Juggling the Costs of Retirement vs. College
Parents today are faced with the need to save for their children’s higher education in addition to retirement. This double responsibility can be overwhelming and cause uncertainty.
The costs for in-state public college plus tuition, fees, room & board are around $100,000 per child these days, with costs much higher for private school and set to increase in the future. Add that to your own retirement saving needs, and you could have a real dilemma.
Sorting out these two competing priorities can be a big financial task. But with some smart financial planning, it’s possible to do your duty as a parent and still keep your own long-term security a top priority.
Why you should prioritize retirement first
You should keep focused on your retirement savings, even as college looms, and there are plenty of incentives to do so.
If you can contribute to a retirement account like a 401(k) and receive matching contributions from your employer, that’s “free” money that can supercharge your savings. For example, if you earn $100,000 a year and your company matches 50% on the first 6% you contribute, then if you save that 6%, you’d have an additional $9,000 a year for retirement ($6,000 of your own plus a $3,000 company match).
Receiving an employer’s full 401(k) match is often considered the baseline for smart retirement savings, but you could save even more in tax-advantaged accounts: In 2019, you can contribute up to $19,000 ($25,000 if you’re 50 or older) in a 401(k) plan, not counting your employer’s contributions.
Additionally, investing in a traditional 401(k) (that is, on a pre-tax basis) would reduce your taxable income, regardless of how much you make.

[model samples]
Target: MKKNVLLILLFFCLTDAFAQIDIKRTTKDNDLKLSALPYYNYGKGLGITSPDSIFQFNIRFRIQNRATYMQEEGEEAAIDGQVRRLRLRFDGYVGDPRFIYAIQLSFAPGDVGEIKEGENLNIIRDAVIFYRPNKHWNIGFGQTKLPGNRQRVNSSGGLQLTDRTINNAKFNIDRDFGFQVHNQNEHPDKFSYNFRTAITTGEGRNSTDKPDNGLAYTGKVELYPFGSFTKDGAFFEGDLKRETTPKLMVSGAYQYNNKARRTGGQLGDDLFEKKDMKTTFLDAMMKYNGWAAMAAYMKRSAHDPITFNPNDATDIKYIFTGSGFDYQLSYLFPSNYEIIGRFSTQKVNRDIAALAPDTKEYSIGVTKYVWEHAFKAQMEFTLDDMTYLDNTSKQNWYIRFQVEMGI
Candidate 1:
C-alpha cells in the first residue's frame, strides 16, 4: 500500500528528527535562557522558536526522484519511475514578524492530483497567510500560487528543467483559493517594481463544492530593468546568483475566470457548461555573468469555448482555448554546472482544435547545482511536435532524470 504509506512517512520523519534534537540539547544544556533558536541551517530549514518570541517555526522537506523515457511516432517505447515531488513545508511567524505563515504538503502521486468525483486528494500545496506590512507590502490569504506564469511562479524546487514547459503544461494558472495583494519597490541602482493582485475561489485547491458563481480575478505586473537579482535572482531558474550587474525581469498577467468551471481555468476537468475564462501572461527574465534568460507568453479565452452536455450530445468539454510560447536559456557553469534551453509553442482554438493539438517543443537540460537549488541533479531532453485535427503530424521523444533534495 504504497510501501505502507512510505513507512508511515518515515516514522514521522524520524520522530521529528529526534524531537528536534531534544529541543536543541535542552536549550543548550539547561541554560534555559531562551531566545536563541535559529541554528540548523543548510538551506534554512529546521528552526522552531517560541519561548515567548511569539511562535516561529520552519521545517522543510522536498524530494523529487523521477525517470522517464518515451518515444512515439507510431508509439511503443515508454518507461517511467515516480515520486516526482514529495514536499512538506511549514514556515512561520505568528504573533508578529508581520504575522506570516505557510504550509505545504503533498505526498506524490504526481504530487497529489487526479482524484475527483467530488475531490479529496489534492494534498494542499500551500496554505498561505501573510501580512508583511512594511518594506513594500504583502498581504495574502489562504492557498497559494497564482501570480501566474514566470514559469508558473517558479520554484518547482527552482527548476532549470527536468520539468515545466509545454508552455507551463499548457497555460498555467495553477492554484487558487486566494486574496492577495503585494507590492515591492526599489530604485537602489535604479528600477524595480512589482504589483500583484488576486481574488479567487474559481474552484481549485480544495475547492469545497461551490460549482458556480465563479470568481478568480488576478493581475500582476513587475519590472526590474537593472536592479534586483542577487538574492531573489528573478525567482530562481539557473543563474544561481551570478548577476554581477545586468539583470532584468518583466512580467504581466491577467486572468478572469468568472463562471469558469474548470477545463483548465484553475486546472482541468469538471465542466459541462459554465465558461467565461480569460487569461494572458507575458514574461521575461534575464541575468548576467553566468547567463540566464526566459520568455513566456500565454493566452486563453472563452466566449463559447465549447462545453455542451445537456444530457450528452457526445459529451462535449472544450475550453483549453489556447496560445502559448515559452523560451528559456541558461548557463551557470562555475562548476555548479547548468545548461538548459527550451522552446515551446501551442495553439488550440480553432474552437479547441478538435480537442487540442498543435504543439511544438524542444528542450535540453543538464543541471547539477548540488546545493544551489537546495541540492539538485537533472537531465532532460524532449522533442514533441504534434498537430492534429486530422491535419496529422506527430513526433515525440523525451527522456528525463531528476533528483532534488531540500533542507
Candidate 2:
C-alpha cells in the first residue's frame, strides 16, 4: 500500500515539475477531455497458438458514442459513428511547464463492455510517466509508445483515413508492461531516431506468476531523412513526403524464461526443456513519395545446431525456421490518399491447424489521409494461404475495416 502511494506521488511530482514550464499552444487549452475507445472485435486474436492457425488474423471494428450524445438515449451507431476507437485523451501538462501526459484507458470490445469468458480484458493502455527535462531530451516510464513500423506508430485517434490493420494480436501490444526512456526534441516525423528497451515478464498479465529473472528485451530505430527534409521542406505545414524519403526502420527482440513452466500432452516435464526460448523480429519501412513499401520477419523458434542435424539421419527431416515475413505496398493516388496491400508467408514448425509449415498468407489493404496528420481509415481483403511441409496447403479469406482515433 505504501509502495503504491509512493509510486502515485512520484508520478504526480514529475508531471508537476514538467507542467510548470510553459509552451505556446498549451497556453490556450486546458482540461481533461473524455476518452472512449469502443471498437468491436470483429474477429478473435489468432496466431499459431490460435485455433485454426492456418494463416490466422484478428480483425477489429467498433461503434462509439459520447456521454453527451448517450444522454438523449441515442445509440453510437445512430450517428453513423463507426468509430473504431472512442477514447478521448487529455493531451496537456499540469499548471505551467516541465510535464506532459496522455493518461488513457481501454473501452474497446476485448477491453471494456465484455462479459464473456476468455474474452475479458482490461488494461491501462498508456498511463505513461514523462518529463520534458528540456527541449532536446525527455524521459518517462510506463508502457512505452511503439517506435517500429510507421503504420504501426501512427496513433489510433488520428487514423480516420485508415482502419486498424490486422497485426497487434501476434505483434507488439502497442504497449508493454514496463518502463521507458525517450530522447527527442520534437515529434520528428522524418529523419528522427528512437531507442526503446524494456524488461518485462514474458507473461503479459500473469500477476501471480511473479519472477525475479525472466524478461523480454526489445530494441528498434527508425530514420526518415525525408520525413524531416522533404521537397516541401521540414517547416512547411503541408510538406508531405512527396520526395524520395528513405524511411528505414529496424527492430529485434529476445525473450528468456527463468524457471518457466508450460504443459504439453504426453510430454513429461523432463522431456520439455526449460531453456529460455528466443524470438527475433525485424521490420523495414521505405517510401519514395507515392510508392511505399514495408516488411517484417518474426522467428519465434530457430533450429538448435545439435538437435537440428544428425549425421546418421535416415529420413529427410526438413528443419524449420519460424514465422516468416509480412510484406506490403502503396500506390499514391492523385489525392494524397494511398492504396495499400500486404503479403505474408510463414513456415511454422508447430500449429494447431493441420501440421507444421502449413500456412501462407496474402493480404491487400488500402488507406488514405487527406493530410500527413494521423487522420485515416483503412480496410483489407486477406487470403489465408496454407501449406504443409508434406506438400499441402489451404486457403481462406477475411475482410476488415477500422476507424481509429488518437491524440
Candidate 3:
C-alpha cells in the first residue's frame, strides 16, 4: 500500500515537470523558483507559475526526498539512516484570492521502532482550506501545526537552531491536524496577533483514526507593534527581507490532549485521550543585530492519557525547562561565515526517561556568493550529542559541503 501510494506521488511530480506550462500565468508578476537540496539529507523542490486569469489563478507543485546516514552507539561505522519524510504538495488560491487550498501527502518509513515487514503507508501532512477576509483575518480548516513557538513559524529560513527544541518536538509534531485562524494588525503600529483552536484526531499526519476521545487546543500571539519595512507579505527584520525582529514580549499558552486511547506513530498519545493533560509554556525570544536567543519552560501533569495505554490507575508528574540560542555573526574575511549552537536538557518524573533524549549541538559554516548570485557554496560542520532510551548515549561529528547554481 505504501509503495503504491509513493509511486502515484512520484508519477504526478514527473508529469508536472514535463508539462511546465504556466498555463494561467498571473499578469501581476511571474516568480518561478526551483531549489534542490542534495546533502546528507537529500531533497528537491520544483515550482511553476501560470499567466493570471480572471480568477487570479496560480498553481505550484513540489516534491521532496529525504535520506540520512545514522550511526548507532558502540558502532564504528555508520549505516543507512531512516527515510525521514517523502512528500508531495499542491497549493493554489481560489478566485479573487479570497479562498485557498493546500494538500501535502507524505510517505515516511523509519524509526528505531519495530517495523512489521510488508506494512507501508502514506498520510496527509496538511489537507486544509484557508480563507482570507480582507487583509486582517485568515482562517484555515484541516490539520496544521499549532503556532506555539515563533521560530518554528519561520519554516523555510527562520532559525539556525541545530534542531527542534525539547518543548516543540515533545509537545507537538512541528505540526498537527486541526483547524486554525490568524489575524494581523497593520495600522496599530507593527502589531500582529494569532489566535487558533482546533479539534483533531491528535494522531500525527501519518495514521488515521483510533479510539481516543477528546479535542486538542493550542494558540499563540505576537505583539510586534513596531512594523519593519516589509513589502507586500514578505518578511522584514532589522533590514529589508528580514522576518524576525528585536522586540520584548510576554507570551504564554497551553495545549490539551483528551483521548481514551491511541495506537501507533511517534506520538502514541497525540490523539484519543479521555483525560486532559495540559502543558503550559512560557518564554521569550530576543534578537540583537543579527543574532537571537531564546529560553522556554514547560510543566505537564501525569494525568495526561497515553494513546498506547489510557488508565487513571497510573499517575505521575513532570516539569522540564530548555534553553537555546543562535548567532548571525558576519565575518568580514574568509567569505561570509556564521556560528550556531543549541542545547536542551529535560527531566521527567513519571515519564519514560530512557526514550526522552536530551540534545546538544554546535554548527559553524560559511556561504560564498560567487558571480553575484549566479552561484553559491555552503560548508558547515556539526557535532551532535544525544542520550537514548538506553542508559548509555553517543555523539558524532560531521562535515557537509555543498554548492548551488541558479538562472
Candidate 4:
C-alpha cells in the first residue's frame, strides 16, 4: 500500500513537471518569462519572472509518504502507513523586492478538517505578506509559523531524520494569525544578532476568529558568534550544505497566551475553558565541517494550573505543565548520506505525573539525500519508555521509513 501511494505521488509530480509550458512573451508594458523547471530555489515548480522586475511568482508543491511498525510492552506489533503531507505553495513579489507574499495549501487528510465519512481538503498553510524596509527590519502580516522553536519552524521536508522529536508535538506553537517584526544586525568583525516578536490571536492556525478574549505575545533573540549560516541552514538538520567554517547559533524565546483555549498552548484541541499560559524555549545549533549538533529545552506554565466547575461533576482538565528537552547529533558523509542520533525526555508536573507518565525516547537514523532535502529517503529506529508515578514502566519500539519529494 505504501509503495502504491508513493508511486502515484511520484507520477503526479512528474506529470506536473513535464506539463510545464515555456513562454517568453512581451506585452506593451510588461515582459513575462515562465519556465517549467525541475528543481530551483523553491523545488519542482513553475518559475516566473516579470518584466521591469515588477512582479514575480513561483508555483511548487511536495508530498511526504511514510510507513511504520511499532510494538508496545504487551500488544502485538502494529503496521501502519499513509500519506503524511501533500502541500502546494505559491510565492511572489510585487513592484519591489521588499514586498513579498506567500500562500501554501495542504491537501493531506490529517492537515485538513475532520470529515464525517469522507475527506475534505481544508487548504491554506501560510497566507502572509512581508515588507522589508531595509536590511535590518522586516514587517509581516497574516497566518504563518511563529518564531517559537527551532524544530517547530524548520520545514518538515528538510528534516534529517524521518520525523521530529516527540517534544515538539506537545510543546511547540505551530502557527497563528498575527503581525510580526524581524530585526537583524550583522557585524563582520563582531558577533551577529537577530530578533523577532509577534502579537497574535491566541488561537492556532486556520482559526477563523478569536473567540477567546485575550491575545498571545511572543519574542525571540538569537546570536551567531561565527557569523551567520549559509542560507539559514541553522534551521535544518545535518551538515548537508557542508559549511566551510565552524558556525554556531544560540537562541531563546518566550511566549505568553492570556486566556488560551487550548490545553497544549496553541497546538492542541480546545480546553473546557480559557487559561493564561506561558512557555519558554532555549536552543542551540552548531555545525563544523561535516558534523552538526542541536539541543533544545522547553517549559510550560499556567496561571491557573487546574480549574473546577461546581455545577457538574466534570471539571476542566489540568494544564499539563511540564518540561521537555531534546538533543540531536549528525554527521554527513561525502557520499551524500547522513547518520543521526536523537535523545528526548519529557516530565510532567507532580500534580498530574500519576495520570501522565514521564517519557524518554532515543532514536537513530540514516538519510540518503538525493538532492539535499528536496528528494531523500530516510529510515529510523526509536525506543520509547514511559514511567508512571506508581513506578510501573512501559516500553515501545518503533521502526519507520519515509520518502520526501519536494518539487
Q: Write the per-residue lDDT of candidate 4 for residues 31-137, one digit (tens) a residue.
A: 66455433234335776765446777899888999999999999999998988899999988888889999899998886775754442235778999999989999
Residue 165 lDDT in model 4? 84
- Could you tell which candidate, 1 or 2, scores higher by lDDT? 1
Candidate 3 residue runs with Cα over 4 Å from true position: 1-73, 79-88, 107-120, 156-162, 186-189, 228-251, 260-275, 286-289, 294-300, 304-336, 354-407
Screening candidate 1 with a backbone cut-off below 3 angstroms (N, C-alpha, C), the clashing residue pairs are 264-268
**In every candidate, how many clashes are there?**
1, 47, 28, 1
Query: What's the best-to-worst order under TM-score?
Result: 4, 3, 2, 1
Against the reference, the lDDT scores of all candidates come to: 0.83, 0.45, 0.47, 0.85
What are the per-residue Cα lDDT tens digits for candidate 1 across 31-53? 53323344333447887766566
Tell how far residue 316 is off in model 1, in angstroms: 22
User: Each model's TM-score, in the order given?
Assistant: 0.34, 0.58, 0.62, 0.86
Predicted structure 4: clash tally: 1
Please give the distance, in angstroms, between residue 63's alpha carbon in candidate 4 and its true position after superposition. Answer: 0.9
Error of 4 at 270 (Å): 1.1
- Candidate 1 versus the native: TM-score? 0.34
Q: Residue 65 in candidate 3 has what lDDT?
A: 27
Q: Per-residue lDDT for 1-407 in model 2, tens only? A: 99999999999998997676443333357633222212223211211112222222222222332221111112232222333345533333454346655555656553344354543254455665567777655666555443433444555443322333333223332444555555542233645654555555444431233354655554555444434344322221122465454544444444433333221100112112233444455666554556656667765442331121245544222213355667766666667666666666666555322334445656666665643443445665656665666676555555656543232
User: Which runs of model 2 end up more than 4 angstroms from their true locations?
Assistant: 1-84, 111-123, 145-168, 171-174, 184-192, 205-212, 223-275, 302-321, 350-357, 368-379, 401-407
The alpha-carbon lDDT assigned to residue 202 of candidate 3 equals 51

You can also contribute up to $6,000 ($7,000 if you’re 50 or older) in a traditional IRA, or Roth IRA if you meet certain income limits. Both tax-advantaged accounts typically include more investment options than an employer-sponsored plan.
Another plus for these accounts: Qualified retirement accounts, like 401(k)s and IRAs are excluded from financial aid calculations, which can increase the likelihood of receiving need-based aid.
But what ultimately matters when you’re juggling saving for retirement with other priorities is ensuring that you’ll have as much money as you’ll need in retirement. Use the Schwab retirement calculator to see where you stand and whether any adjustments might be in order. When it comes to financing retirement, there are typically three potential sources of income—Social Security, company pensions and personal savings. If you haven’t saved enough, options such as working a few more years or moving in with your children or other relatives—may be slim or unrealistic.
How to pay for college
If you don’t have the full amount saved by the time your child starts college, you and your child still have plenty of choices.
- Student earnings: Kids can pay some college expenses themselves by working during the summers and part-time during school. This not only takes the edge off college costs, it gives kids work experience and potential job references.
- Loans: Students can take out low-cost government loans, which come with increasingly flexible repayment plans. Indeed, income-driven repayment plans allows graduates to pay just a portion of their discretionary income. The less they make, the smaller their monthly payment. Any debt that’s left unpaid after 20-25 years of on-time payments could be forgiven by the federal government if the student qualifies. Private loans are also available, but parents and students should pay careful attention to the terms and conditions, as interest rates may be higher and they do not have the protections of federal loans.
- Grants: Financial aid cobbles together federal, state and college-based grants and loans for students with demonstrated economic need. You may not know all the options under that umbrella. For example, many private colleges—including Harvard, Yale, Princeton and Stanford—have programs in place to meet 100% of need for even middle-income families with no loans.